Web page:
The discovery of genetic susceptibility loci for ulcerative colitis may lead to a better understanding of pathogenesis, development of better therapies, and improved genetic counseling. There is evidence that clinically diverse chronic, immune-mediated disorders can share genetic susceptibility loci (i.e., IL23R variants are associated with Crohn's disease, ulcerative colitis, psoriasis, ankylosing spondylitis, and Grave's ophthalmopathy), so identification of ulcerative colitis loci may also have relevance for other disorders. )

National Institute of Health (NIH)
National Cancer Institute (NCI)
Research Project (R01)
Project #
Application #
Study Section
Special Emphasis Panel (ZCA1-SRRB-4 (M1))
Program Officer
Gillanders, Elizabeth
Project Start
Project End
Budget Start
Budget End
Support Year
Fiscal Year
Total Cost
Indirect Cost
University of Pittsburgh
Internal Medicine/Medicine
Schools of Medicine
United States
Zip Code
Hui, Ken Y; Fernandez-Hernandez, Heriberto; Hu, Jianzhong et al. (2018) Functional variants in the LRRK2 gene confer shared effects on risk for Crohn's disease and Parkinson's disease. Sci Transl Med 10:
Huang, Hailiang; Fang, Ming; Jostins, Luke et al. (2017) Fine-mapping inflammatory bowel disease loci to single-variant resolution. Nature 547:173-178
Li, Dalin; Achkar, Jean-Paul; Haritunians, Talin et al. (2016) A Pleiotropic Missense Variant in SLC39A8 Is Associated With Crohn's Disease and Human Gut Microbiome Composition. Gastroenterology 151:724-32
Cleynen, Isabelle; Boucher, Gabrielle; Jostins, Luke et al. (2016) Inherited determinants of Crohn's disease and ulcerative colitis phenotypes: a genetic association study. Lancet 387:156-67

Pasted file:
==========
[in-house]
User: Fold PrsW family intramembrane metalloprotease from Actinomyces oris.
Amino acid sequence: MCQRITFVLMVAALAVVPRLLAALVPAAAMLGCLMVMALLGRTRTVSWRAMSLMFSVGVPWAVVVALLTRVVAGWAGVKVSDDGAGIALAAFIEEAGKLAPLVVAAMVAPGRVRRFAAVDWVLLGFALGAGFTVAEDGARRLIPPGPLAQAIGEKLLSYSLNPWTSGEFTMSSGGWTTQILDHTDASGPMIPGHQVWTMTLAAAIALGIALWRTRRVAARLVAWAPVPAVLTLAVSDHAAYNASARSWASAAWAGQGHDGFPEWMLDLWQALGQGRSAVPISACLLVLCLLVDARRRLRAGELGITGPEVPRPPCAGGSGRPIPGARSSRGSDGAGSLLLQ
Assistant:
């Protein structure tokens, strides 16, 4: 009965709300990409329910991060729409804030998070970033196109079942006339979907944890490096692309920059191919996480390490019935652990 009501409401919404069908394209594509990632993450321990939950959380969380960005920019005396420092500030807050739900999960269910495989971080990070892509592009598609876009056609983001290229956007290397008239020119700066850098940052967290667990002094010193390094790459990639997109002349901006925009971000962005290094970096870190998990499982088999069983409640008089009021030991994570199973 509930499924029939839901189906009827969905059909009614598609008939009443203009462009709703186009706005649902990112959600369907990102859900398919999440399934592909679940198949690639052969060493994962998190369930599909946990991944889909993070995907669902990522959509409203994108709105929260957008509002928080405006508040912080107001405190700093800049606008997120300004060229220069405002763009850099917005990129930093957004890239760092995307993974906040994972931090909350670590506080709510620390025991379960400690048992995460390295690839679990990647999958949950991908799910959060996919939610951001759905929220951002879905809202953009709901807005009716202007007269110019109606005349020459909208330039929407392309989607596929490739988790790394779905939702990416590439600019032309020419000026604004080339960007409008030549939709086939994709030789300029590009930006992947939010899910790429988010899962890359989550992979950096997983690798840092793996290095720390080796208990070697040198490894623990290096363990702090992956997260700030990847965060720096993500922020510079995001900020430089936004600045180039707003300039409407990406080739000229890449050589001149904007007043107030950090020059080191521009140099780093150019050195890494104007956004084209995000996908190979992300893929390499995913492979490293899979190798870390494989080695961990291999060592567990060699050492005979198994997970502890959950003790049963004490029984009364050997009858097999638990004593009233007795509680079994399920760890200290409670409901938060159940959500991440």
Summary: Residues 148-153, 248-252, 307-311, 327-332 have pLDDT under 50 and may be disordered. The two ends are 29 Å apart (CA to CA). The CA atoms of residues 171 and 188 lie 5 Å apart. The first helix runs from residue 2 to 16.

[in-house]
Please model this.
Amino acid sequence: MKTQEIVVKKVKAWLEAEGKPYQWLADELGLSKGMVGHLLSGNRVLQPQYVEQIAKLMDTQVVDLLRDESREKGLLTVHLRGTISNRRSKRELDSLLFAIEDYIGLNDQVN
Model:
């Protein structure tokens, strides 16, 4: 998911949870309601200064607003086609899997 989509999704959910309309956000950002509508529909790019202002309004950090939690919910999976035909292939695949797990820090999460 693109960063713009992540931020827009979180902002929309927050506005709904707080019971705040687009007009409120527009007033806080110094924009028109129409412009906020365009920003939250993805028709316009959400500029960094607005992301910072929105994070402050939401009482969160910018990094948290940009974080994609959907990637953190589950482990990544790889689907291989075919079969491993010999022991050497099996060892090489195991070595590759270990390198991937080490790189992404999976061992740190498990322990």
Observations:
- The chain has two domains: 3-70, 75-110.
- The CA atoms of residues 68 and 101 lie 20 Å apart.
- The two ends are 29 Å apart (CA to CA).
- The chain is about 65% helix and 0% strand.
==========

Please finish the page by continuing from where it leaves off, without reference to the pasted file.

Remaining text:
Goyette, Philippe; Boucher, Gabrielle; Mallon, Dermot et al. (2015) High-density mapping of the MHC identifies a shared role for HLA-DRB1*01:03 in inflammatory bowel diseases and heterozygous advantage in ulcerative colitis. Nat Genet 47:172-9
Fortune, Mary D; Guo, Hui; Burren, Oliver et al. (2015) Statistical colocalization of genetic risk variants for related autoimmune diseases in the context of common controls. Nat Genet 47:839-46
Ellinghaus, David; Baurecht, Hansjörg; Esparza-Gordillo, Jorge et al. (2013) High-density genotyping study identifies four new susceptibility loci for atopic dermatitis. Nat Genet 45:808-12
Ellinghaus, David; Zhang, Hu; Zeissig, Sebastian et al. (2013) Association between variants of PRDM1 and NDP52 and Crohn's disease, based on exome sequencing and functional studies. Gastroenterology 145:339-47
Liu, Jimmy Z; Hov, Johannes Roksund; Folseraas, Trine et al. (2013) Dense genotyping of immune-related disease regions identifies nine new risk loci for primary sclerosing cholangitis. Nat Genet 45:670-5
Beaudoin, Mélissa; Goyette, Philippe; Boucher, Gabrielle et al. (2013) Deep resequencing of GWAS loci identifies rare variants in CARD9, IL23R and RNF186 that are associated with ulcerative colitis. PLoS Genet 9:e1003723

Showing the most recent 10 out of 12 publications